As soon as I read the book synopsis, I was hooked. I couldn’t wait to read both of these novels, whilst being wicked happy the third novel: Moonlight on Butterlake releases in 2015!
In the tradition of Kristin Hannah and Susan Wiggs, Mary McNear introduces readers to the town of Butternut Lake and to the unforgettable people who call it home.
It’s summer, and after ten years away, Allie Beckett has returned to her family’s cabin beside tranquil Butternut Lake, where as a teenager she spent so many carefree days. She’s promised her five-year-old son, Wyatt, they will be happy there. She’s promised herself this is the place to begin again after her husband’s death in Afghanistan. The cabin holds so many wonderful memories, but from the moment she crosses its threshold Allie is seized with doubts. Has she done the right thing uprooting her little boy from the only home he’s ever known?
Allie and her son are embraced by the townsfolk, and her reunions with old acquaintances—her friend Jax, now a young mother of three with one more on the way, and Caroline, the owner of the local coffee shop—are joyous ones. And then there are newcomers like Walker Ford, who mostly keeps to himself—until he takes a shine to Wyatt . . . and to Allie.
Everyone knows that moving forward is never easy, and as the long, lazy days of summer take hold, Allie must learn to unlock the hidden longings of her heart, and to accept that in order to face the future she must also confront—and understand—what has come before.
Places to find the book:
Published by William Morrow
on 8th April, 2014
Format: P.S. Edition Paperback
Mary McNear lives in San Francisco with her husband, two teenage children, and a high-strung, minuscule white dog named Macaroon. She writes her novels in a local doughnut shop, where she sips Diet Pepsi, observes the hubbub of neighborhood life, and tries to resist the constant temptation of freshly made doughnuts. She bases her novels on a lifetime of summers spent in a small town on a lake in the northern Midwest.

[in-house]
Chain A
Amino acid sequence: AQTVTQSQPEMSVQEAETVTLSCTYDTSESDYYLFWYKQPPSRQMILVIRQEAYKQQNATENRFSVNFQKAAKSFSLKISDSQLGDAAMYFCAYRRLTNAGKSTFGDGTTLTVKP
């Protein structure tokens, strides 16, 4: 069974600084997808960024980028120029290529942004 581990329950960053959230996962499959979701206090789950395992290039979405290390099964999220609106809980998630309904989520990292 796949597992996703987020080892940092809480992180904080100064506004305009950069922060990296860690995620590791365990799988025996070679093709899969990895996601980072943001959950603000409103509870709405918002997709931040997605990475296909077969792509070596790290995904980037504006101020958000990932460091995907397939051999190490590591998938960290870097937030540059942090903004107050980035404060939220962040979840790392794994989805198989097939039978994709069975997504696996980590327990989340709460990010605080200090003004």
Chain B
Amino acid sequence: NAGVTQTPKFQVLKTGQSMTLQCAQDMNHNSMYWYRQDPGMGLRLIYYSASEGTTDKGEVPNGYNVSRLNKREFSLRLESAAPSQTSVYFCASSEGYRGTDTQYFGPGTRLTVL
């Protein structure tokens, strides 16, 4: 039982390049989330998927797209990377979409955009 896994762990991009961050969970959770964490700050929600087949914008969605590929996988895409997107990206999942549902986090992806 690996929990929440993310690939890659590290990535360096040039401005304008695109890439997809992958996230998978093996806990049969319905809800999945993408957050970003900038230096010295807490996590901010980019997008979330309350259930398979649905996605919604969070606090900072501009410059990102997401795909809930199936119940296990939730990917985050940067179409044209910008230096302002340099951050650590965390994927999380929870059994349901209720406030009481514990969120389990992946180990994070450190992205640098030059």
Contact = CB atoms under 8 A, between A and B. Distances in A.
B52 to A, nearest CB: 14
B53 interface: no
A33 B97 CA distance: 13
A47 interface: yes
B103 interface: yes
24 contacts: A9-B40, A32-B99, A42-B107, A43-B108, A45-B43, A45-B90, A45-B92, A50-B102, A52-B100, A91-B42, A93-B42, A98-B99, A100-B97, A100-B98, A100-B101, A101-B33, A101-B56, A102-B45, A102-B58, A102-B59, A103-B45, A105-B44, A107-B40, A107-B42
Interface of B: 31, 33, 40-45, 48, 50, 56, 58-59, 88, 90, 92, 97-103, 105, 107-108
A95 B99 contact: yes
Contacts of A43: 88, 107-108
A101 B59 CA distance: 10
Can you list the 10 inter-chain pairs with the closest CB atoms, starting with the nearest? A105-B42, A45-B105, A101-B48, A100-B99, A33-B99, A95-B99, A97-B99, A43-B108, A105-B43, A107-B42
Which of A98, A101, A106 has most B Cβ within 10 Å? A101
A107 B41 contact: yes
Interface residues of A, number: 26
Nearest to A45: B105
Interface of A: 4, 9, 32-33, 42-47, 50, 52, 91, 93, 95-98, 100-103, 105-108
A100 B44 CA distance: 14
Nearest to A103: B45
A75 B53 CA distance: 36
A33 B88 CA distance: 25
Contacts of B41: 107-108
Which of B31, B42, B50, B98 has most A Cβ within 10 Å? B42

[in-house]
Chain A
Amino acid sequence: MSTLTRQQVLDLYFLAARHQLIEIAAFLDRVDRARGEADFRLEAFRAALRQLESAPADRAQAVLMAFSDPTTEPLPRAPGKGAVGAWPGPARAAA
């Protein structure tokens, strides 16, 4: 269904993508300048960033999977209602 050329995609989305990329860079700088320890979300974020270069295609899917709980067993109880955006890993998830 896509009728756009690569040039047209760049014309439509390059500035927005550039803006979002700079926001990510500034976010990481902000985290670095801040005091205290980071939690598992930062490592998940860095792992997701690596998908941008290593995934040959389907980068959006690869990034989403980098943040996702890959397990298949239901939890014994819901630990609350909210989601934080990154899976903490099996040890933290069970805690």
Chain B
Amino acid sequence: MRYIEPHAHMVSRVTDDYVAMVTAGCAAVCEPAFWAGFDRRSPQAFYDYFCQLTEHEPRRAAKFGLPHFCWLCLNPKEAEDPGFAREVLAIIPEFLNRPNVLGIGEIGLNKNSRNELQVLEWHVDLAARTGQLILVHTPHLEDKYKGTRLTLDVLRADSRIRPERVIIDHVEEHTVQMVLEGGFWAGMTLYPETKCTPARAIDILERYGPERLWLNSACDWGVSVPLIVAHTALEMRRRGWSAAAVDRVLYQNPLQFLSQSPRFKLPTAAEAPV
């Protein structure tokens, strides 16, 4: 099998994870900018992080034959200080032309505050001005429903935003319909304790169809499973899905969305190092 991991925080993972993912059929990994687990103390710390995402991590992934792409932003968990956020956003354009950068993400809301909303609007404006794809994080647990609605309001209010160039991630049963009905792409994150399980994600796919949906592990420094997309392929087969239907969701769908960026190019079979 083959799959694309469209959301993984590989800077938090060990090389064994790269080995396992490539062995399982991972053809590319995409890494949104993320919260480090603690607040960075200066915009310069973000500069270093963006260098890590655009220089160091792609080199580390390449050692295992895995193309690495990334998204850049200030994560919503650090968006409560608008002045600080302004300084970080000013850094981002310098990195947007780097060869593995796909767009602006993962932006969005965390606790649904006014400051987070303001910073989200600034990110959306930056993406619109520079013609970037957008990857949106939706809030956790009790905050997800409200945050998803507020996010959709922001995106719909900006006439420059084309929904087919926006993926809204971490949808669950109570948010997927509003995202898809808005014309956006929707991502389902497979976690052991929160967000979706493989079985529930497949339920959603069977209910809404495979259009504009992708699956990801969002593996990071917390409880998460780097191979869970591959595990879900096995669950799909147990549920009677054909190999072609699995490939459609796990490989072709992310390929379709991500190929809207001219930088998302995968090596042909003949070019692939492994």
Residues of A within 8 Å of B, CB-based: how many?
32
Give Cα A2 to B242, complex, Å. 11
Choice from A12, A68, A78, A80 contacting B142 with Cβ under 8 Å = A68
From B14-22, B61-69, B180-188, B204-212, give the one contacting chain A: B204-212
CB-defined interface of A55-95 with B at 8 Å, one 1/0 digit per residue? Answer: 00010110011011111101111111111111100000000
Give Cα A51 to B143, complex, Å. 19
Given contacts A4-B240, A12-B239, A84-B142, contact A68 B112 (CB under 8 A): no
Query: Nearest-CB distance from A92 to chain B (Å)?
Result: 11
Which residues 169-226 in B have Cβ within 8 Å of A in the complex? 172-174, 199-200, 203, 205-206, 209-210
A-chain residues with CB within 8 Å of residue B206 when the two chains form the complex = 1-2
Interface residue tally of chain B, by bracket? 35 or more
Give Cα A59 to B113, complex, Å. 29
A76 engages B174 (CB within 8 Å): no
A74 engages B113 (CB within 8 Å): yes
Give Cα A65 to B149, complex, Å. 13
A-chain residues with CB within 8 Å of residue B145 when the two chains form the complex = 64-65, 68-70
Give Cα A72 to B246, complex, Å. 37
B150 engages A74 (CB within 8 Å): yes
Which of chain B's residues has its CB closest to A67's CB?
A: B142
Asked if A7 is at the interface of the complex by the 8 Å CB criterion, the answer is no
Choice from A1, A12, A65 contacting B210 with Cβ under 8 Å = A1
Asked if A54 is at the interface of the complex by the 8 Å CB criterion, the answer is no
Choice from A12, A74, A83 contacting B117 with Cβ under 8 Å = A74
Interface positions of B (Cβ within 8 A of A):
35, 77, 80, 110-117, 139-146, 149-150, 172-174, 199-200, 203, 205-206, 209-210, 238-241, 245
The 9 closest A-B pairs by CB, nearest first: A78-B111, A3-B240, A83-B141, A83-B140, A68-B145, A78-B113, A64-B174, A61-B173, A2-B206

Picking up the pieces : from loss & tribulations:
One of the hardest obstacles about living our lives forward without the benefit of understanding the events that will take place in the future, is being able to dig deep into our wells of strength and fortitude to accept the hope that our lives will start to turn back around. The thematics which are strongly represented in Up at Butternut Lake are an evolving exploration of Change (questions of destiny, permanence, and stability – of not only the mind, heart, and spirit but the physical locale of where your life will be lived); where each character who takes a central focus is at a turning point in their lives. Where they can choose to move forward and let go of the past that is weighing them down, or they can continue as they are without moving forward at all.
The complacencies of life arise out of the complexities of a cobweb’s worth of lies, spun innocently enough at the time they are created but woven into the texture of your life can become a haunting self-reminder of how untruthful of a life you’re actually living. Within the thematics of the story, this kernel of truth is an underscore that affects different characters in different ways, as the lies we tell ourselves to recover from something we feel we cannot face head-on are just as damaging as the lies which remain unspoken or proven untrue through the wrinkles of time itself.